LEED Gold Mixed-Use Community Planned for Houston Suburb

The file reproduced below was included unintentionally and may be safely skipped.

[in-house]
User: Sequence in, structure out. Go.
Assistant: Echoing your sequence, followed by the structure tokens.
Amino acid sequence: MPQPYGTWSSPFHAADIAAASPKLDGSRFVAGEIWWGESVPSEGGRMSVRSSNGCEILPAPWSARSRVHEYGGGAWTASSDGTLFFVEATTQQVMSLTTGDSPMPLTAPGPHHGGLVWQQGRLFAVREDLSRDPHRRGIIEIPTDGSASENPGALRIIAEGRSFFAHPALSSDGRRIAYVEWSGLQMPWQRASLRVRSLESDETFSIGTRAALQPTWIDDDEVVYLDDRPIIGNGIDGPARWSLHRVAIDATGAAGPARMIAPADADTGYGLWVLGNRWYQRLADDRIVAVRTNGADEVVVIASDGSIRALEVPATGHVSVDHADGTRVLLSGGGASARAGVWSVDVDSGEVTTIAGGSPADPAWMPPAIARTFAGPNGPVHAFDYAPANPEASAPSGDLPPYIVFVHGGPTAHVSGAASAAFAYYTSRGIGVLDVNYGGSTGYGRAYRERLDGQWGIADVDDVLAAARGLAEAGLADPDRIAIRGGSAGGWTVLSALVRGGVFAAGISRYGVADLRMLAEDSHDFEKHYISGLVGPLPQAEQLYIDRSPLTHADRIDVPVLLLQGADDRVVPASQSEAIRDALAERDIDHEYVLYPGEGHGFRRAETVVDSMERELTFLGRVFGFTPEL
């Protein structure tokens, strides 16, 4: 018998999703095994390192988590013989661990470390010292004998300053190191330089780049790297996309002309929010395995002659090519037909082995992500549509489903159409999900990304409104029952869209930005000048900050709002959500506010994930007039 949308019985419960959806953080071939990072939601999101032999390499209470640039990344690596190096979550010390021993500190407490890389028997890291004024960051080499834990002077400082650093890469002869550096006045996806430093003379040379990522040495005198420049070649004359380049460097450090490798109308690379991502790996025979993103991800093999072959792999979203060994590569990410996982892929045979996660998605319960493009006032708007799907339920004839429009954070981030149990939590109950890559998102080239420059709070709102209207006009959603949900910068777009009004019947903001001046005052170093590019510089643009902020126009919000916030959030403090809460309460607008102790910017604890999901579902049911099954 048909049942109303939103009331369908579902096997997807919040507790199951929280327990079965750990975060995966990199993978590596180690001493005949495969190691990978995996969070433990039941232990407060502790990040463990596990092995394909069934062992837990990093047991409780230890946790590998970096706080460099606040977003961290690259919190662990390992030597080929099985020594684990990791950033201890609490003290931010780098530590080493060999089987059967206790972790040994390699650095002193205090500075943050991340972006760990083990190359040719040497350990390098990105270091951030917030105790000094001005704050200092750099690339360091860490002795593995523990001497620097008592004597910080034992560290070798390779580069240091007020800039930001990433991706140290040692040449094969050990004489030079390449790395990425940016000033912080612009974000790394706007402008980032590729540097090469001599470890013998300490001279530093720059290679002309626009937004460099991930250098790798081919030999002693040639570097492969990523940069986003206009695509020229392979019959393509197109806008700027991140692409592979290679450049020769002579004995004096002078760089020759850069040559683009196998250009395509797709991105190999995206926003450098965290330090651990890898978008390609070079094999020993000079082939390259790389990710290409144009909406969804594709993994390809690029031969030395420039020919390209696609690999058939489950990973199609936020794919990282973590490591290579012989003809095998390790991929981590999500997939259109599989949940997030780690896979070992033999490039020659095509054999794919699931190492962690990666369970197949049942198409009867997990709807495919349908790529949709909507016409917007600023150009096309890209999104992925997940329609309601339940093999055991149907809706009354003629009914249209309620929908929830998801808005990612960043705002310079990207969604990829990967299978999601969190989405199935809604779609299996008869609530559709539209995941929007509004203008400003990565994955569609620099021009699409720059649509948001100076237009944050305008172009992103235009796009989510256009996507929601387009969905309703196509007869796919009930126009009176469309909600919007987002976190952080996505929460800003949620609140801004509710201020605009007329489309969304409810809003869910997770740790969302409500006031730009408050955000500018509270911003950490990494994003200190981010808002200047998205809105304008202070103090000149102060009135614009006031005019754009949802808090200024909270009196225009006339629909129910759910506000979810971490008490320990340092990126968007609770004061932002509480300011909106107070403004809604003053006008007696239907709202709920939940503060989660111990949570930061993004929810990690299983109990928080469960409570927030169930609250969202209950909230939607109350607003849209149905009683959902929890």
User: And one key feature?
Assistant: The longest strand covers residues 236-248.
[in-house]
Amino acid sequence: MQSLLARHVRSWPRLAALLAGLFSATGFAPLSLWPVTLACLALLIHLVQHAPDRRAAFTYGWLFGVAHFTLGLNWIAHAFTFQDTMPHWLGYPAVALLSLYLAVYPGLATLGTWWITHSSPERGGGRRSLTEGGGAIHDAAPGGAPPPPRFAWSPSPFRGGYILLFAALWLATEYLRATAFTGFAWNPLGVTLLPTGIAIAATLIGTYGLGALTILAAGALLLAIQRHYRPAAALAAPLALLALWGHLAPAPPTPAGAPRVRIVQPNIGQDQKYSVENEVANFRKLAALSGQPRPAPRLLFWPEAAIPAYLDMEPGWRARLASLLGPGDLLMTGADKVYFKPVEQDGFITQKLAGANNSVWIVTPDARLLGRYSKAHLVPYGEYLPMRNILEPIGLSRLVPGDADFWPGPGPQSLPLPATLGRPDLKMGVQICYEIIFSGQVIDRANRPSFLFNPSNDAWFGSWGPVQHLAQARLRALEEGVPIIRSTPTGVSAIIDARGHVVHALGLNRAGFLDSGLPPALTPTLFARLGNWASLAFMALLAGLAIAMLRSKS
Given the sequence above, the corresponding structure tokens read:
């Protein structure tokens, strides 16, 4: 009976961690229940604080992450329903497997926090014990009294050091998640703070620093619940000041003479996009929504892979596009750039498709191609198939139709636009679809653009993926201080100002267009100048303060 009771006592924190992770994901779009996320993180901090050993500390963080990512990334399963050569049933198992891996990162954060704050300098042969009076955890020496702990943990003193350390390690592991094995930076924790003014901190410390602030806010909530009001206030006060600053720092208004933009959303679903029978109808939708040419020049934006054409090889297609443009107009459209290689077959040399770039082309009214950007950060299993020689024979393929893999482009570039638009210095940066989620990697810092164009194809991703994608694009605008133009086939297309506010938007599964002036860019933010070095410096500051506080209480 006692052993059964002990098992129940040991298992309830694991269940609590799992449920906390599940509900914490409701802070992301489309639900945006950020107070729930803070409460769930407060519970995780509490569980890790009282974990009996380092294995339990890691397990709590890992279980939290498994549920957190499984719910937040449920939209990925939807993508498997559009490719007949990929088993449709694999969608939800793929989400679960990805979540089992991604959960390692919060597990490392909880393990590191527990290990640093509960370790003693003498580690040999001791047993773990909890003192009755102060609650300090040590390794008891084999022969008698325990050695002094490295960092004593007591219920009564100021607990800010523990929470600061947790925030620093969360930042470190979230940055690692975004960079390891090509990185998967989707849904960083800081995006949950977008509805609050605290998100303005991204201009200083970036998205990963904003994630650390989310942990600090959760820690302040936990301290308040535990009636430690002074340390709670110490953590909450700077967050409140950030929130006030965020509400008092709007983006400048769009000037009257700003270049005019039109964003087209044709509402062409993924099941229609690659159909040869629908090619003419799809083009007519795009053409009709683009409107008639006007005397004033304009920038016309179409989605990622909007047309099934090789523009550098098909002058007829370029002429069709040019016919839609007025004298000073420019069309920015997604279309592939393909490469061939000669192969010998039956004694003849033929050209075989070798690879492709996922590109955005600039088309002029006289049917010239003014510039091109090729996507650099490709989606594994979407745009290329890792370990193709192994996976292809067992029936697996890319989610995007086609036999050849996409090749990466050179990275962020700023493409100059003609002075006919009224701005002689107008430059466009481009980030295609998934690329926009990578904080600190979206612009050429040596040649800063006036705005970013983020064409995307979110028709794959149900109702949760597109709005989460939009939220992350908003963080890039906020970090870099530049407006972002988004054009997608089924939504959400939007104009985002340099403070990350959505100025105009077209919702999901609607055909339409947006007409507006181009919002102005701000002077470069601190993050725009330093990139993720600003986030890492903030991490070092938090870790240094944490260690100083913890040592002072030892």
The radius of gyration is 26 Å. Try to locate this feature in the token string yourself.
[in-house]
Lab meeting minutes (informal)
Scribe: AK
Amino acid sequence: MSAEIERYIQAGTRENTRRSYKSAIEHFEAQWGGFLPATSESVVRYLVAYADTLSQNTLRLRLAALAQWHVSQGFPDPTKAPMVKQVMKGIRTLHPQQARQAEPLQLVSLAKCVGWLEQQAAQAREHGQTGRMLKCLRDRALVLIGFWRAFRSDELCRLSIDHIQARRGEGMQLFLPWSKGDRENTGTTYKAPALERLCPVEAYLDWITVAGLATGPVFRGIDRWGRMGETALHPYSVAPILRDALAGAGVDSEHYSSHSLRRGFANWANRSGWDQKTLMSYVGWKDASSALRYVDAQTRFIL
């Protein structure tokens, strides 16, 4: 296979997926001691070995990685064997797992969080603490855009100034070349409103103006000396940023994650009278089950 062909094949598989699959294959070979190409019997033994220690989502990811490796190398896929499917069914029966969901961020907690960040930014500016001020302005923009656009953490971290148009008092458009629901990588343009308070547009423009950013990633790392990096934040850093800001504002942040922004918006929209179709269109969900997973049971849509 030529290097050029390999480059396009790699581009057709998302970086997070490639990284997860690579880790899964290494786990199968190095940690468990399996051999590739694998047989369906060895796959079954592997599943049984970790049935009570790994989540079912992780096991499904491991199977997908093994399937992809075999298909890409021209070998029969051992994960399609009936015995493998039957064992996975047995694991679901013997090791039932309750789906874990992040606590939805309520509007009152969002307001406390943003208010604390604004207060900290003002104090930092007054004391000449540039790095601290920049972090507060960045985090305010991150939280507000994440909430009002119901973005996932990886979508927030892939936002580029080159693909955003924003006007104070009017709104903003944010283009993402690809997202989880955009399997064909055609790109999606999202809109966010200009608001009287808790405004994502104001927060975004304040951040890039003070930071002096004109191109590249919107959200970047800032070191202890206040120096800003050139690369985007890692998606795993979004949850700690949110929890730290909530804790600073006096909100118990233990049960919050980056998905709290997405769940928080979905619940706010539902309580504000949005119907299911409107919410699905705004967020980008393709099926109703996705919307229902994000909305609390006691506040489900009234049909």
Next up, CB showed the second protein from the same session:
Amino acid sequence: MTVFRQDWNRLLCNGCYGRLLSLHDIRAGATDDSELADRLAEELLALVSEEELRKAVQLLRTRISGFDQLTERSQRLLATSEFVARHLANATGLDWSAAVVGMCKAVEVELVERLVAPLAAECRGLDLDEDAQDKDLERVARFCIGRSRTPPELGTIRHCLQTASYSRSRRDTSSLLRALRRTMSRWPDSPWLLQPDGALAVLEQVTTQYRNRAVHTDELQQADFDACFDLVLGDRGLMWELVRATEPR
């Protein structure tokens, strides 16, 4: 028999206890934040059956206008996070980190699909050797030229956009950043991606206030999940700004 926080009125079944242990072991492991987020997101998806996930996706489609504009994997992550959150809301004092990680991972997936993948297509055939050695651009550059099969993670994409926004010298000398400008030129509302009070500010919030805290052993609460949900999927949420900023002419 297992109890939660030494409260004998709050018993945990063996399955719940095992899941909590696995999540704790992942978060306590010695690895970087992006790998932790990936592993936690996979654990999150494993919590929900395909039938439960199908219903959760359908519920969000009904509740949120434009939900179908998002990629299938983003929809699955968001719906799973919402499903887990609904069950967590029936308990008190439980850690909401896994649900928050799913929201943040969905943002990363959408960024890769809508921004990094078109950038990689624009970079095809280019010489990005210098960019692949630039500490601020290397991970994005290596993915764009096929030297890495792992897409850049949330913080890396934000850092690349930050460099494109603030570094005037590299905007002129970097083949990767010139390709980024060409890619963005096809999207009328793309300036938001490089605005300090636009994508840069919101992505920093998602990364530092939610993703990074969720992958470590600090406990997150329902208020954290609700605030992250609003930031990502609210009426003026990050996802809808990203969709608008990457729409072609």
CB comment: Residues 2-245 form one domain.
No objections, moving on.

By Erika Schnitzer, Associate EditorPearland, Texas—Historic Real Estate Inc., a Houston-based private real estate investment and development company, has released plans for the WaterLights District, a  $700 million, 155-acre master planned community designed for LEED (Leadership in Energy and Environmental Design) Gold certification.WaterLights will offer up to 1,400 residences, in addition to retail, offices, restaurants, two hotels, a conference facility, up to 5,900 parking spaces and a public park along a Grand Canal waterway. The site will also create interest with an unusual Presidential Park & Gardens, which will feature busts of all U.S. Presidents.Groundbreaking is slated for April 2009, with first deliveries scheduled for April 2010.Despite the current economy, “The predictable job growth is one of the reasons we are master planning this [site],” asserts David Goswick, executive director of Historic Real Estate Inc. The development is located seven miles from Texas Medical Center, where there are $8 billion worth of construction and 35,000 new jobs. The market is comprised of “people who aren’t really looking for a traditional single-family home to rent or buy,” he notes, adding, “Owning a home is not near as hip as it once was. We think this creates a very strong multifamily luxury rental market.”Phase one of the project will include the first 40 acres for buildings, in addition to 11 acres devoted to park space. “The 40 acres have been master planned with streets and infrastructure, and we are in the early design phases of the first three buildings,” explains Steve Biegel, CEO of Matrix Spencer Architects, the master planner for the project.“We are currently interviewing finalists for the apartment site and we are going to subordinate or joint venture with an apartment developer. It’s a nontraditional approach in the sense that we are taking the market research and designing based on an internal multifamily specialist,” Goswick says. The contract is expected to be awarded within the next 30 days, or Historic Real Estate Inc. will proceed on its own. The first phase is slated to include 24 one- and two-bedroom residences, four to six restaurants, over 100,000 sq. ft. of office space and a 155-key hotel in the first three buildings, with an additional nine buildings to follow.In order to achieve the desired LEED Gold rating, “we approach this as a campus and the first step in our sustainability goal is to include as much infrastructure as we can that has green features,” Biegel tells MHN. Such features will include storm water detention from the site’s man-made lake to power the development’s streetlights and fountains.“This is one of the first [projects] that is approaching LEED certification on a campus design standpoint. Most developments are specific to particular buildings and sites. This is why we have taken the approach that we have to begin the sustainable design effort right from the first shovel of dirt,” says Biegel.With respect to the residences, WaterLights will include two types of green roofs: a reflective roof that combines light-colored and light-gauge metal to reflect heat and vegetated roofs for residents to maintain, Biegel explains. Additionally, floor plans will be open to minimize the number of hard walls, which will help with heating and cooling, and emergency and pathway lighting will use LEDs.